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In the beginning of the Sprint we assign various items to each developers. Some developers may work on more than one item at a time, however when they work on the item they typically Start Progress which puts the item in the In Progress state.

In the concept of Scrum or Kanban, does anyone know negative consequences of having more than one item in In Progress state per developer?

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    Why do you care about tasks at all? Focus on value delivery and let the development team figure out the rest. As longas you hold them acountable for working software it's all good... Let the team decide. – MrHinsh - Martin Hinshelwood Apr 3 '17 at 5:54
  • We are held accountable for the working software and we let ourselves decide. Thanks for echoing the essence. – bhantol Apr 3 '17 at 12:01
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Having more than 1 item In Progress for a single person will kill productivity. Multitasking is horrible for getting things done quickly and/or well. See Agile team full of part time developers for more details.

It might seem like a good idea to pull in new work if something gets roadblocked, however this is, in essence, optimizing for utilization (making sure everyone always has work to do) rather than for flow (making sure lead time, the amount of time issues spend 'In Progress', is as low as possible). Which is not efficient. See the 100% Utilization Myth for more information. In this situation, it's better for the Team to focus on removing roadblocks as quickly as possible, rather than leaving multiple tasks partially-finished and bringing about inefficiencies from multi-tasking and busy dependencies.

Also of note:

In the beginning of the Sprint we assign various JIRA items to each developers.

Scrum works best as a pull model, rather than as a push model. Meaning management (whether Scrum Master, Product Owner, or others) leave tasks in the 'TODO' column, and developers assign tasks to themselves once they finish what they're currently working on.

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  • Offcourse you want multiple In Progress for the team. A single person might start an item but can't close it due to certain approval process at which point in the same Sprint have to resume work after review. – bhantol Mar 24 '17 at 23:31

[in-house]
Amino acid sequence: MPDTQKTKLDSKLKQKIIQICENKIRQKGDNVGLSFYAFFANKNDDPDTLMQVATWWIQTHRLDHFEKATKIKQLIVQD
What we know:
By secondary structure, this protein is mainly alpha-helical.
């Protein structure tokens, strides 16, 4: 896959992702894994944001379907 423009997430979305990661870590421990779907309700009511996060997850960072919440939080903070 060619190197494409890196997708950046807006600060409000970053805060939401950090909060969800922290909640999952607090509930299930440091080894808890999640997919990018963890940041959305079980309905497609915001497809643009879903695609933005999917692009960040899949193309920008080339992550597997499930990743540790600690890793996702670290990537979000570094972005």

• @bhantol Updated your question to be more clear and my answer to provide more details. – Sarov Mar 24 '17 at 23:39
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    @bhantol No, of-course you do not want multiple items in progress for the team. The better they learn to work in parallel and complete a single PBI the faster they will be going. Minimize work in progress by swarming ( infoq.com/news/2013/02/swarming-agile-teams-deliver ). Also try to improve the approval process so it does not block completion of work. We moved the product owners into the team rooms to make sure they are always available and can approve as soon as the PBI is nearly finished. – Niels van Reijmersdal Mar 28 '17 at 5:28
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    Scrum does not work best in a pull mode. It's meant to work only in a pull mode, from the Guide: "They (the development team members) are self-organizing. No one (not even the Scrum Master) tells the Development Team how to turn Product Backlog into Increments of potentially releasable functionality;" – mamoo Mar 29 '17 at 6:24
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The main downside of having more than one issue in progress is a loss of focus (which results in loss of quality and efficiency). Another problem is that when people start to claim 'their' stories, the sense of collective ownership and team responsibility can get lost. From there it's just a small step to a team where Person X always does task Y, and that's not what you'd want in Scrum.

In general we strive for one story per person (and nobody is allowed to claim stories in ToDo until he can actually start), but there are circumstances when we allow (and even stimulate) someone to take up a few stories at the same time. Most of the time this happens when various stories share a common piece of code; from a technical perspective it makes sense to handle that part all at once.

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There's something wrong in the context of Scrum. No task is assigned to a single developer in Scrum. The Scrum guide states:

They (the development team members) are self-organizing. No one (not even the Scrum Master) tells the Development Team how to turn Product Backlog into Increments of potentially releasable functionality;

It's a pull way of work, not a push one.

That said, and on to the specific question, it's a matter of making sure your board reflects in a consistent way the situation, so that you can take actions if something's not right.

Since "in progress" means "I'm actually working on...", and nobody is capable of working on 2 things at the same time, if you happen to have multiple tasks ongoing that means some tasks are waiting (for somebody to resume them, for external input, or are simply blocked)... so you either leave them in the "to-do" column, or you mark them as "blocked", "pending", "waiting for", whatever state is suitable given your internal processes. This way the issue becomes visible and can be treated.

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